THIS. Finally someone said it. This is why I never identified with the FIRE community.
Don’t get me wrong, I love the idea of FIRE (financial independence, retire early), I really do, but what they say and do can be too much. The FIRE community idolises FIRE gurus like Mr Money Moustache and Jacob Lund Fisker of Early Retirement Extreme, who promote extreme frugalism as a way of life.
That would be fine. You-do-you and all. But it *is* annoying when some male members of the community complain about how hard dating is for them. They want wives who find their extremely frugal life appealing – the unwashed clothes and all. They label women who want a little bit more in life as ‘gold diggers’, and thinks the majority of women are ‘shallow’ because we like pretty things.
The deflation IS JUST FOR JANUARY 2019. As someone on Ringgit Oh Ringgit FB rightfully pointed out, one month’s stats is not a trend made. Plus, the deflation only occurred because Transport category fell so much (-7.8%).
But still, while we’re on the topic, I wanted know if deflation is good or bad. Learning opportunity and all right. This short video is the easiest way to learn about the effect of deflation.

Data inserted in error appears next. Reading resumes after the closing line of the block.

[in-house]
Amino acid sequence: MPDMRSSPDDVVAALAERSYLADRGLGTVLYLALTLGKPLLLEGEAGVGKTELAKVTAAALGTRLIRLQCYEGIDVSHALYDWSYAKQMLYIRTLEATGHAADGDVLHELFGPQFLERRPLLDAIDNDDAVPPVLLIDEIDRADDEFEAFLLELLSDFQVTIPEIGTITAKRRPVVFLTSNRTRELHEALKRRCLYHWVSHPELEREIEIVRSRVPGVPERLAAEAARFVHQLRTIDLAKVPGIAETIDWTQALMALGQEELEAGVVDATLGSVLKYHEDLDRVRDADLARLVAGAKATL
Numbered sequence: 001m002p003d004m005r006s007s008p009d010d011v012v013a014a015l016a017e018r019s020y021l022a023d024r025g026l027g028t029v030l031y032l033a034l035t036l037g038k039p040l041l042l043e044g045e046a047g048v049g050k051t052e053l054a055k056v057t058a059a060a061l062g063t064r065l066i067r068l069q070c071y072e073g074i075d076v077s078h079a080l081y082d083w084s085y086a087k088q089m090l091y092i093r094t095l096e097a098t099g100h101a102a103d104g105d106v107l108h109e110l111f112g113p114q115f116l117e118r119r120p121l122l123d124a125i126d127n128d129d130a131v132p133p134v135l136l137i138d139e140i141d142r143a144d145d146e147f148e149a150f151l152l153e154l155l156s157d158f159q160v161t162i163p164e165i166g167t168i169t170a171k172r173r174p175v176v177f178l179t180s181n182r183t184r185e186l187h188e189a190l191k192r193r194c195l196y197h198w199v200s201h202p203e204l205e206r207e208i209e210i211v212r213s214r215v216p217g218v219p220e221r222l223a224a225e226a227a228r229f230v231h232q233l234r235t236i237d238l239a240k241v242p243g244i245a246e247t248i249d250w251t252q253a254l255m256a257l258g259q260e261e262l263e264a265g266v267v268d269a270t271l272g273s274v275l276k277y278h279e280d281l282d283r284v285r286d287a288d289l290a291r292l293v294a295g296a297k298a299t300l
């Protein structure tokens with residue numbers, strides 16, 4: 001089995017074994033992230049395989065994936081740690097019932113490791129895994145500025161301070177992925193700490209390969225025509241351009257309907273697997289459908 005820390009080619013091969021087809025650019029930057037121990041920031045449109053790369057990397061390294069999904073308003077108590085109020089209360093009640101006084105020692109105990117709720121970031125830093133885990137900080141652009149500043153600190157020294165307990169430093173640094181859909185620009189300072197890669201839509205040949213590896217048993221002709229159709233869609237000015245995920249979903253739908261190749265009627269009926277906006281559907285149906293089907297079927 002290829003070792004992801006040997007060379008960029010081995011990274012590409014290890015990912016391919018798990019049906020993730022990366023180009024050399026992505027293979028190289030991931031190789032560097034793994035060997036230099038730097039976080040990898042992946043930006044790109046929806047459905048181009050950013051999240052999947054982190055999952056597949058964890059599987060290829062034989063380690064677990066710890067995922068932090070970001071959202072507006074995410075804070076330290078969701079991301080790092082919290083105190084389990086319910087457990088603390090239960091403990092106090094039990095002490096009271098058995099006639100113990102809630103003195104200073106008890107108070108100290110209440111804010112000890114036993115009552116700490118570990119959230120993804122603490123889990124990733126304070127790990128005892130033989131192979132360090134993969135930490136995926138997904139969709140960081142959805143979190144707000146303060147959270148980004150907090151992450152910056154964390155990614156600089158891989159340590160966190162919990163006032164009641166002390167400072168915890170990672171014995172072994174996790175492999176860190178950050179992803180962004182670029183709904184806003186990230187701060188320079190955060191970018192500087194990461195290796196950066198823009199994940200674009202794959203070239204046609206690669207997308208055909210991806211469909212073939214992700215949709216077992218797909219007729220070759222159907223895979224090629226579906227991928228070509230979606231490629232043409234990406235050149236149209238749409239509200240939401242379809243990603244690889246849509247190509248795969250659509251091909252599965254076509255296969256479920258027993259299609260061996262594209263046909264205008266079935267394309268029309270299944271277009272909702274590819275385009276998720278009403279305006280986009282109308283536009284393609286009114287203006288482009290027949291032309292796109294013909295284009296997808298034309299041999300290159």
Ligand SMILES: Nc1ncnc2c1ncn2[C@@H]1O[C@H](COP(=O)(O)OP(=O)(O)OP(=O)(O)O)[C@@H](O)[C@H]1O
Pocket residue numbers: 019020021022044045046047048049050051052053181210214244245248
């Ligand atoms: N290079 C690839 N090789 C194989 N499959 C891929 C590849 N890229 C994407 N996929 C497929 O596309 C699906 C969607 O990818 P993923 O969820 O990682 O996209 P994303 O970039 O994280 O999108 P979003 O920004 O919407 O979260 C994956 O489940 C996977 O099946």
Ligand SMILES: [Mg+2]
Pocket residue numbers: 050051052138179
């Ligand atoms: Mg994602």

I hope this deflation trend doesn’t get out of hand.
Mr Stingy aka Aaron Tang compiled money tips from 16 personal finance thought leaders in Malaysia and beyond, including: Lee Ching Wei (of iMoney), KC Lau, Pakdi, Julian Ng, DividendMagic, Stanley Lim, Charles Tan of KopiandProperty, GenXGenYGenZ, Natalie Pringle of The New Savvy, RinggitOhRinggit (me!), Dawn of SGBudgetBabe, Farid Bahrudin, Mohd Kauthar, Faiz Wahab, Kevin L of Turtle Investor and Lionel Yeo of The Cheerful Egg.
Will you find money tips that’ll work for you? With 16 people, chances are you will, so go give the article a read!
One of my biggest fears in life is being forced to work to cover my living costs when I’m old and in pain. This article interviews people who are exactly in that situation.
Read the article, then note how you feel. For me, it was fear, helplessness and renewed motivation to work my ass off while I’m still young – in that order. If I have this much time to plan, I don’t have any excuse for letting the worst-case-scenario happen to me, do I?
First of all, the article’s accompanying image though hahahahhahahah:
The image kinda describes the e-wallet scene in Malaysia right now – there are so many players that you can’t help to wonder who will ‘disappear’ and who will make it in the end. The author’s predictions, backed with pretty solid arguments – is #5 as listed in its table of contents.
The dawn of the e-wallet infinity war
Does e-wallet provider need a license in Malaysia?
What is BNM’s policy on e-wallet?
Who are the e-wallet providers in Malaysia?
Which e-wallet providers will stay in the long run?
Will Malaysians use e-wallet?
Understanding e-wallet 1-2-3
Why should retailers & etailers care?
How to differentiate Static vs Dynamic QR payment?
Who will win: network-based or card-based e-wallet?
There’s a link in the article, right near the end, which points you to the e-wallets in Malaysia Facebook community. I’ve personally learned a few e-wallet-related money hacks from the group, can recommend *thumbs up*